Sea surface temperature (SST) is an important factor in hurricane dynamics. SST is measured over large portions of the ocean by satellites.
Sea surface temperatures are generally warmer at low latitudes and colder at high latitudes but SST will vary with the seasons and with surface ocean currents. For forecasting hurricanes, more detailed maps of SST are produced for areas of hurricane formation.
Scientists used more refined data that is a blend of the satellite and in-situ instrument data to produce the high-resolution SST analysis, such as the Reynolds analysis image below.
For hurricane forecasting, it can also be very useful to look at the SST anomalies. A SST anomaly is the difference in the current SST measurement from the long-term average temperature for a given month, in a given place (the climatology). Positive temperature anomalies indicate that the water is warmer than usual and negative anomalies indicate that the water is cooler than usual.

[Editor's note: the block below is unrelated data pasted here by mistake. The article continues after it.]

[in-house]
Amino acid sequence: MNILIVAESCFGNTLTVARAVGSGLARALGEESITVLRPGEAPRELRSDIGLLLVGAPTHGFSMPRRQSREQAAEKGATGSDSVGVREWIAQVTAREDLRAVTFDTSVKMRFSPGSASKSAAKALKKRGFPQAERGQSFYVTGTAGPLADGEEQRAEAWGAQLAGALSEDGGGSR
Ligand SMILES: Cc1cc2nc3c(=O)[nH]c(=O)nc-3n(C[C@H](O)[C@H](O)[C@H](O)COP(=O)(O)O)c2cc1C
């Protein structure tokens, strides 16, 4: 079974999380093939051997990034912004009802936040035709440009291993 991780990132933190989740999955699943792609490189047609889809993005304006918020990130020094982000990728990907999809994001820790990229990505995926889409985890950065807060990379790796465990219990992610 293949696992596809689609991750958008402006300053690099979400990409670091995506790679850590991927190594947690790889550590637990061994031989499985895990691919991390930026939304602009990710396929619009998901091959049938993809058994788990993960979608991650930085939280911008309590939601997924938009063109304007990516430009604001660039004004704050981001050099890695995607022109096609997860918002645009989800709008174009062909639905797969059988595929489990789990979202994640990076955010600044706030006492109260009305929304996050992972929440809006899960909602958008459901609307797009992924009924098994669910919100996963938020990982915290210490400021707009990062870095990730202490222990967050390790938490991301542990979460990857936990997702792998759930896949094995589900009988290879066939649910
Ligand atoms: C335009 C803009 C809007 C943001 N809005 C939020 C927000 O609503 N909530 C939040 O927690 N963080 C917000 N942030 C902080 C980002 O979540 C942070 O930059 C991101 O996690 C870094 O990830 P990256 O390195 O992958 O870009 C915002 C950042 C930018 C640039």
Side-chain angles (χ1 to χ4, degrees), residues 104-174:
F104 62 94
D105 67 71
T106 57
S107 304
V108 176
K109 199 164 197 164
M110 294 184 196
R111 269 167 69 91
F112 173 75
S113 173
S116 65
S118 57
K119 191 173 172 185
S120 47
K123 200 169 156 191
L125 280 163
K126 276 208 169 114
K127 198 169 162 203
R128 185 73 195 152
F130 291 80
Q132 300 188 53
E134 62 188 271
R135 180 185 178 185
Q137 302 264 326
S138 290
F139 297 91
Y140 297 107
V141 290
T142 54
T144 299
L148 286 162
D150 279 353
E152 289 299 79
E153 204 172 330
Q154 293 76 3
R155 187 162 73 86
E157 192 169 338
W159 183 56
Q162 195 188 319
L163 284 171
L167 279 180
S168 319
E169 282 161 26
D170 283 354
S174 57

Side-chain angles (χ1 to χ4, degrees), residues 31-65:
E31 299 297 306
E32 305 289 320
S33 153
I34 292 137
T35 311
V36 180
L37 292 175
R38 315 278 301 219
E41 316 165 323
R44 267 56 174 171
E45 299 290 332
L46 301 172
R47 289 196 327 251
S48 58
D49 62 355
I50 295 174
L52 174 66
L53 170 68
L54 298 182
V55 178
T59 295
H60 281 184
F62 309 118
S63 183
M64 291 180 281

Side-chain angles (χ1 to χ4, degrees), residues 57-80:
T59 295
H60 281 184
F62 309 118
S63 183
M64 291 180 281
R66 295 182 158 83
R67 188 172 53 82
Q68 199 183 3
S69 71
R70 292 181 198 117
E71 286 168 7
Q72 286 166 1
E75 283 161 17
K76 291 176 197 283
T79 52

The vertical temperature distribution in the ocean is also important for understanding hurricane dynamics. While satellites can measure the surface ocean temperature over large areas rapidly and repeatedly, measuring the temperature through the water column requires a fixed buoy with instruments or a ship that can deploy instruments in a specific area. There are also instruments that can be deployed from a plane. The temperature profile through the water column is variable and will change seasonally, as the mixed-layer changes, and as storms pass over.
The warm water is present at much deeper depths in the Caribbean Sea than in the Gulf of Mexico.